An excerpt froml the Author's Preface:
THE three essays which here appear in English all deal with the application of the quantum theory to problems of atomic structure, and refer to the different stages in the development of this theory.
The first essay "On the spectrum of hydrogen" is a translation of a Danish address given before the Physical Society of Copenhagen on the 20th of December 1913, and printed in Fysisk Tidsskrift, XII. p. 97, 1914. Although this address was delivered at a time when the formal development of the quantum theory was only at its beginning, the reader will find the general trend of thought very similar to that expressed in the later addresses, which form the other two essays. As emphasized at several points the theory does not attempt an "explanation" in the usual sense of this word, but only the establishment of a connection between facts which in the present state of science are unexplained, that is to say the usual physical conceptions do not offer sufficient basis for a detailed description.
The second essay "On the series spectra of the elements" is a translation of a German address given before the Physical Society of Berlin on the 27th of April 1920, and printed in Zeitschrift für Physik, W. p. 423, 1920. This address falls into two main parts. The considerations in the first part are closely related to the contents of the first essay; especially no use is made of the new formal conceptions established through the later development of the quantum theory. The second part contains a survey of the results reached by this development. An attempt is made to elucidate the problems by means of a general principle which postulates a formal correspondence between the fundamentally different conceptions of the classical electrodynamics and those of the quantum theory. The first germ of this correspondence principle may be found in the first essay in the deduction of the expression for the constant of the hydrogen spectrum in terms of Planck's constant and of the quantities which in Rutherford's atomic model are necessary for the description of the hydrogen atom.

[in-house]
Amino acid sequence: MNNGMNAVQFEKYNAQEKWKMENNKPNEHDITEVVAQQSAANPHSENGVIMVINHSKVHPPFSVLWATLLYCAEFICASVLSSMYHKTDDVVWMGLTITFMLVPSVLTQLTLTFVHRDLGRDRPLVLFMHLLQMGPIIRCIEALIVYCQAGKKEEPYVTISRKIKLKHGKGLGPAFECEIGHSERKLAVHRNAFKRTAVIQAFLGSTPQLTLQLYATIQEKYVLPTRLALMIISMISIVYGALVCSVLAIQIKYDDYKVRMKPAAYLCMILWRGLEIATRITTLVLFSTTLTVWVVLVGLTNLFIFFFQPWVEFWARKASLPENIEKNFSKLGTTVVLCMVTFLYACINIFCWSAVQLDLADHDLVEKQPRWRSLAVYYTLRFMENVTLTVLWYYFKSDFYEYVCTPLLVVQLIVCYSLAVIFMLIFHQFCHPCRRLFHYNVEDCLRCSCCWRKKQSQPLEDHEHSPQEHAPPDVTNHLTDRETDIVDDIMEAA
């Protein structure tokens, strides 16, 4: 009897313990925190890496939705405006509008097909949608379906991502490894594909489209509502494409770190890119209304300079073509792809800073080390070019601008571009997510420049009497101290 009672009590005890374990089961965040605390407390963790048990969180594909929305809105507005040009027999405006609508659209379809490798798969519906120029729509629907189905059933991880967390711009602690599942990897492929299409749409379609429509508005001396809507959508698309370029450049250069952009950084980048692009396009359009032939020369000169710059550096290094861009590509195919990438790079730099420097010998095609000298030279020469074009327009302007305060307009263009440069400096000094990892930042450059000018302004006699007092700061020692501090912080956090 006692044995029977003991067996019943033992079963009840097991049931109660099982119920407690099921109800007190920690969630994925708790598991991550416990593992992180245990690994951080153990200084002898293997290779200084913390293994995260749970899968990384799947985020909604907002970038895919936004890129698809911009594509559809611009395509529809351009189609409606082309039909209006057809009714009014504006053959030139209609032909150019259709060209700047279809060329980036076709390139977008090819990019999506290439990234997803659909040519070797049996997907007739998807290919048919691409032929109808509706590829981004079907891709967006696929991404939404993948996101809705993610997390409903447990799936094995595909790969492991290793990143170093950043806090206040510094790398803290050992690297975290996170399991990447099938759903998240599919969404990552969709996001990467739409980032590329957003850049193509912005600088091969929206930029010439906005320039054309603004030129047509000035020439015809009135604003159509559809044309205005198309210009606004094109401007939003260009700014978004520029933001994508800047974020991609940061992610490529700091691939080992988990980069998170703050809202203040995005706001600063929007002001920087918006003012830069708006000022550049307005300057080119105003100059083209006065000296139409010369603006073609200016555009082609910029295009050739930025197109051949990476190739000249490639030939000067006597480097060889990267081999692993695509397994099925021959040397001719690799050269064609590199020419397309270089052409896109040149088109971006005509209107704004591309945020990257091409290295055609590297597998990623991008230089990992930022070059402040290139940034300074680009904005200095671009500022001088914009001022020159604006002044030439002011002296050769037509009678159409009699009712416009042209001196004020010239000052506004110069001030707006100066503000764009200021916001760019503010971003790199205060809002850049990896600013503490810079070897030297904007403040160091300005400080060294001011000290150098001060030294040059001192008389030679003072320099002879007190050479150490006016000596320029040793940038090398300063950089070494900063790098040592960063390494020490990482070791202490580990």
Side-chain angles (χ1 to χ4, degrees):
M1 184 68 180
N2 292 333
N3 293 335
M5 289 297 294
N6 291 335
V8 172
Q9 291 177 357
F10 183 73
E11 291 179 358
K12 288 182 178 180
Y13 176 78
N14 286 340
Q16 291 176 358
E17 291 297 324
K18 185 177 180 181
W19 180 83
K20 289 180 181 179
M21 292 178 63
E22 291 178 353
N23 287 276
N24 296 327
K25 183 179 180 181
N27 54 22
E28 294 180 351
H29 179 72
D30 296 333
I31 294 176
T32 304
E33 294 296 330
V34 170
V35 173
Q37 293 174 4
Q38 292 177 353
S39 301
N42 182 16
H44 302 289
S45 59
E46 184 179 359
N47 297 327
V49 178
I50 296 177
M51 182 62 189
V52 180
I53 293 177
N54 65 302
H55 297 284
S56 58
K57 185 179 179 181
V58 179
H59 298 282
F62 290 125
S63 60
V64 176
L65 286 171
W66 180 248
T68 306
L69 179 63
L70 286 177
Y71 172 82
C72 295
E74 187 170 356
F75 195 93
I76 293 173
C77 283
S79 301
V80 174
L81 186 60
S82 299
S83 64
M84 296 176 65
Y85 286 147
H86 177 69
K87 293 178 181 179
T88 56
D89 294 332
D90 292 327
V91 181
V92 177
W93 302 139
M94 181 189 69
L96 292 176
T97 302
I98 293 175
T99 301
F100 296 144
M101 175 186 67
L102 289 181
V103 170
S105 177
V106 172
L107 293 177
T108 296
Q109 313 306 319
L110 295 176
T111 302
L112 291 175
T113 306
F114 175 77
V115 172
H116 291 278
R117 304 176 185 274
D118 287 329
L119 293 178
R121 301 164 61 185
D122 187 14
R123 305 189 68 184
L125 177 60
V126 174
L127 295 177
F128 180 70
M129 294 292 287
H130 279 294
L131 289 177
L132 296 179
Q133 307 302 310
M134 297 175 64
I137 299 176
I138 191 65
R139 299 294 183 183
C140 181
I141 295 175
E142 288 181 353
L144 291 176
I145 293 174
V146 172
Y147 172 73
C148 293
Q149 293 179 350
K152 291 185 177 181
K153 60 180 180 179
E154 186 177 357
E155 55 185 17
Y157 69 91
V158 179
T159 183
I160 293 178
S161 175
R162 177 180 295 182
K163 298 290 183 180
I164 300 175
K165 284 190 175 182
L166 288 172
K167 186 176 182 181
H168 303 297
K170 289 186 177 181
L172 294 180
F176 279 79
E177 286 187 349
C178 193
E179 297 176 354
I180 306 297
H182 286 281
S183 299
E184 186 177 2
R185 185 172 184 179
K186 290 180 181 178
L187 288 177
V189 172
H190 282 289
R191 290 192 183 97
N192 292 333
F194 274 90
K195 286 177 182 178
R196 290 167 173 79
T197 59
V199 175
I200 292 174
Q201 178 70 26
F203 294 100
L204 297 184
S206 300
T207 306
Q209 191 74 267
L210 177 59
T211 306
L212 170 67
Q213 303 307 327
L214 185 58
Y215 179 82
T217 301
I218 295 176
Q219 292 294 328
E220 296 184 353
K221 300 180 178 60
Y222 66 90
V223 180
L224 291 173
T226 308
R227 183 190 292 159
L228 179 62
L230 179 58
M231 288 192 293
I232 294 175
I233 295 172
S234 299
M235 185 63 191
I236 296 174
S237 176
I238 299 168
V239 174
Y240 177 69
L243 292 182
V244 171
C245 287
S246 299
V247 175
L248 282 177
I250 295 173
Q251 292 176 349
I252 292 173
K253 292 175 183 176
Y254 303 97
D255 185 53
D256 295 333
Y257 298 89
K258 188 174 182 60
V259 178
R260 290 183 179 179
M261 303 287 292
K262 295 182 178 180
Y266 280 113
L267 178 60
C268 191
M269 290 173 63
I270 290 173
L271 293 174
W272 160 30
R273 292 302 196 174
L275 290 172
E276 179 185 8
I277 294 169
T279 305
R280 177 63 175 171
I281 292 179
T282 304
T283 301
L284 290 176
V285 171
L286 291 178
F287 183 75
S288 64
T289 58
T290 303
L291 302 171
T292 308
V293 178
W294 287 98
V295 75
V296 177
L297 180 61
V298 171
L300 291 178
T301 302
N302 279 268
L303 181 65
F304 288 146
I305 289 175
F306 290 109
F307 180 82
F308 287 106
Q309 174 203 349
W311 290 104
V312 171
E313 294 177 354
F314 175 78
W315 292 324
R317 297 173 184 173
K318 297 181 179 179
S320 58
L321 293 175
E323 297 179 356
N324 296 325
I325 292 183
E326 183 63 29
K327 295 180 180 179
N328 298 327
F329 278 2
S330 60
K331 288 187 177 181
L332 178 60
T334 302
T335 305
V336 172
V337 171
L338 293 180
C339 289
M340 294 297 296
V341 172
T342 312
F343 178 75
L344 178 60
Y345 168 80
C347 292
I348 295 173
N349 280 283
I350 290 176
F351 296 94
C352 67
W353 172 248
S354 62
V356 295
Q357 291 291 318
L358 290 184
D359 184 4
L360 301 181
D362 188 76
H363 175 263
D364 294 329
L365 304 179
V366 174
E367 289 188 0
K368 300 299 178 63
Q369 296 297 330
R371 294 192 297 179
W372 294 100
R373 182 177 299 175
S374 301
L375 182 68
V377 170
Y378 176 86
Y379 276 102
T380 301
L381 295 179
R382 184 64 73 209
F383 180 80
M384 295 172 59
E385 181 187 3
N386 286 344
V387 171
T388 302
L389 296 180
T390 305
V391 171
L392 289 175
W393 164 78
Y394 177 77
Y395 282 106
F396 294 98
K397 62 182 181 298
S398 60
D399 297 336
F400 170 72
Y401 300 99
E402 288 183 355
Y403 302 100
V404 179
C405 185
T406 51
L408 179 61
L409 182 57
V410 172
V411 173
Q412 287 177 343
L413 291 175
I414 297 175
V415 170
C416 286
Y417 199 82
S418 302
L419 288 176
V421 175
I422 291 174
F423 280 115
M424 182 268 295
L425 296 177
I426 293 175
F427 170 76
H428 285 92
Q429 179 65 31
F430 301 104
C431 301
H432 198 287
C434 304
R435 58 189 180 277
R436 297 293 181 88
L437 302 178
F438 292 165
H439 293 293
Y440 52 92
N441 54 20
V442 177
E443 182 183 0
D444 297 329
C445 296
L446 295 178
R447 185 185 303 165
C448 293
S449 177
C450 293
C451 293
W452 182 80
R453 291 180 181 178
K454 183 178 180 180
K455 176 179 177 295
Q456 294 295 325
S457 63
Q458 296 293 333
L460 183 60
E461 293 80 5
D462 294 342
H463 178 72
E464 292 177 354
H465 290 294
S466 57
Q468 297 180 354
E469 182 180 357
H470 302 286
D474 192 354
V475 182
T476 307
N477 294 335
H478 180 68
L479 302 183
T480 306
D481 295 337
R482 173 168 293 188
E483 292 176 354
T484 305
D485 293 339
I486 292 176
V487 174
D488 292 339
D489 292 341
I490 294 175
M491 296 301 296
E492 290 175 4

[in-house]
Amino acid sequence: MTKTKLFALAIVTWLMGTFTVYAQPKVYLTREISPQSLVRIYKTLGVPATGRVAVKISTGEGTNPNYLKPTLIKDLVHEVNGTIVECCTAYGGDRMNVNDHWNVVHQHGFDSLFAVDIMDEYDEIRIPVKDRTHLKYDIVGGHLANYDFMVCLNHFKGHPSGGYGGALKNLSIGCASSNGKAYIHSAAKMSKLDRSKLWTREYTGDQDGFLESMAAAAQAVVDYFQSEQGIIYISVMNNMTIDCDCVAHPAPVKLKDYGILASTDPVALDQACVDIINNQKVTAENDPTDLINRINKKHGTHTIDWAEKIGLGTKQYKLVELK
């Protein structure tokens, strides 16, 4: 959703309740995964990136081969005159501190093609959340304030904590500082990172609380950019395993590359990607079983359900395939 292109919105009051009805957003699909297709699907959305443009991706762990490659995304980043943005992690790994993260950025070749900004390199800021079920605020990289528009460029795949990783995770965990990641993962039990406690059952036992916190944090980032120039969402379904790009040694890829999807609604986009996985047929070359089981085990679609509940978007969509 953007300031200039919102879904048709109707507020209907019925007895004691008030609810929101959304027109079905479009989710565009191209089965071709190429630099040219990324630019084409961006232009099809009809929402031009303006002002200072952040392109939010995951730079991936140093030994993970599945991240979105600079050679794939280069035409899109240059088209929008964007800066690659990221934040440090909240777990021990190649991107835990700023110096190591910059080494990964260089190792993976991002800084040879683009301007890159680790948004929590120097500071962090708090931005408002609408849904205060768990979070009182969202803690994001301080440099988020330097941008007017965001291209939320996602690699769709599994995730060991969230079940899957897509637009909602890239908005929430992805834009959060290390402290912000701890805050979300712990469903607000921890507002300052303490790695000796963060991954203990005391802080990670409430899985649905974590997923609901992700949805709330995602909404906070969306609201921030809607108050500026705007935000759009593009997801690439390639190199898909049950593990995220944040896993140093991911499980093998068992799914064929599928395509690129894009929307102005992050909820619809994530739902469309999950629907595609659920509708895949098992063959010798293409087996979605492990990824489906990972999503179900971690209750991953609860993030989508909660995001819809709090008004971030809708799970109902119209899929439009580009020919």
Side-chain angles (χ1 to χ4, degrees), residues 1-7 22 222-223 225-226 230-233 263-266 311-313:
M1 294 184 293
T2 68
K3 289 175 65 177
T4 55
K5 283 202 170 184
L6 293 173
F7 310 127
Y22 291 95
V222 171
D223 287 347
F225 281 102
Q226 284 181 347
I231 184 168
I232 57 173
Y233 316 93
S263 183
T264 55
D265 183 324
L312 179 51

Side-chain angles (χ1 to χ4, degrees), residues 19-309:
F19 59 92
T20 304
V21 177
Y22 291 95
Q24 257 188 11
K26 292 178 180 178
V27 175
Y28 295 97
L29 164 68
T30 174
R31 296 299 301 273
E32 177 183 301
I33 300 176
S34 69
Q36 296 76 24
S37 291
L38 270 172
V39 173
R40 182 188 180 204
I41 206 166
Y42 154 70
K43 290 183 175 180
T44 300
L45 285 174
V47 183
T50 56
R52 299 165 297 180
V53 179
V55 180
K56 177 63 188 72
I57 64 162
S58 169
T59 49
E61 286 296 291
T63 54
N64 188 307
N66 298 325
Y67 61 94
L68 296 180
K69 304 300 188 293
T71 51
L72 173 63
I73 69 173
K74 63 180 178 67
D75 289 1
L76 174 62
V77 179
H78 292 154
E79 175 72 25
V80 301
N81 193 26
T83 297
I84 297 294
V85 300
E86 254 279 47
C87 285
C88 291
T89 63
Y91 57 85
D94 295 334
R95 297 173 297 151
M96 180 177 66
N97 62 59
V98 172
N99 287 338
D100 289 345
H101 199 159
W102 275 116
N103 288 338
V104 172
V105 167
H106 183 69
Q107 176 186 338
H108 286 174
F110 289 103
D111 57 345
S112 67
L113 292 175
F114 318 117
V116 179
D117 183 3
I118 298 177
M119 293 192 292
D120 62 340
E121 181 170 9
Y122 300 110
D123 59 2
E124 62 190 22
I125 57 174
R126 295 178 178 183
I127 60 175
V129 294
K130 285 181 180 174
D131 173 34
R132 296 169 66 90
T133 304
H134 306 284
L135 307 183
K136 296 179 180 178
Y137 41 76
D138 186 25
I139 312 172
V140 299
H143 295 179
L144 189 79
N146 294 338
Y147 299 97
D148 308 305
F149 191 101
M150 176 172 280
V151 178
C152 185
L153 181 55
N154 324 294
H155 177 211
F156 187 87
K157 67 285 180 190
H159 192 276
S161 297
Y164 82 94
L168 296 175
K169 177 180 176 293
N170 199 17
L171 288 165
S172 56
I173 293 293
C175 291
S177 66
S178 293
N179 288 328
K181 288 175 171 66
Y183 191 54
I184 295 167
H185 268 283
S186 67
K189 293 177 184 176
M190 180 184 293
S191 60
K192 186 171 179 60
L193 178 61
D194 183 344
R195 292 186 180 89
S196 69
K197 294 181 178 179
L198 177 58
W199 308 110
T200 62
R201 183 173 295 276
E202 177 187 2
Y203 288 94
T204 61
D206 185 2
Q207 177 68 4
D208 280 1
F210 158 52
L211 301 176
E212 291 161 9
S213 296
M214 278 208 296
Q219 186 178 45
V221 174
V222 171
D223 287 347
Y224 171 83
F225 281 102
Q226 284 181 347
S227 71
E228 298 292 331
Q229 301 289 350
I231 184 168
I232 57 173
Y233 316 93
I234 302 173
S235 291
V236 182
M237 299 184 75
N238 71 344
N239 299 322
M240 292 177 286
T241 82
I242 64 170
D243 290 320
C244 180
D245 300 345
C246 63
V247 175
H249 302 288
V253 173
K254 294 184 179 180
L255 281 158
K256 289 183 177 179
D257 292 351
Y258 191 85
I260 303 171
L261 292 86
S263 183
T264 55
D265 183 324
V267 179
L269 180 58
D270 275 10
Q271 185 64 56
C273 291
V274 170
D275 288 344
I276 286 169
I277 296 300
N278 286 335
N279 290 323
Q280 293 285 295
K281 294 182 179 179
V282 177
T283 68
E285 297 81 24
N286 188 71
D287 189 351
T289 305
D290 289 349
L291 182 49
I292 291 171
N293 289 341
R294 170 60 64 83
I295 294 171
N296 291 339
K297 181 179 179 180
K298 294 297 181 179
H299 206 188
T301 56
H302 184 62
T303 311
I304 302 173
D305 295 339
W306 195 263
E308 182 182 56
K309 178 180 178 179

The third essay "The structure of the atom and the physical and chemical properties of the elements" is based on a Danish address, given before a joint meeting of the Physical and Chemical Societies of Copenhagen on the 18th of October 1921, and printed in Fysisk Tidsskrift, xix. p. 153, 1921. While the first two essays form verbal translations of the respective addresses, this essay differs from the Danish original in certain minor points. Besides the addition of a few new figures with explanatory text, certain passages dealing with problems discussed in the second essay are left out, and some remarks about recent contributions to the subject are inserted. Where such insertions have been introduced will clearly appear from the text. This essay is divided into four parts. The first two parts contain a survey of previous results concerning atomic problems and a short account of the theoretical ideas of the quantum theory. In the following parts it is shown how these ideas lead to a view of atomic constitution which seems to offer an explanation of the observed physical and chemical properties of the elements, and especially to bring the characteristic features of the periodic table into close connection with the interpretation of the optical and high frequency spectra of the elements.
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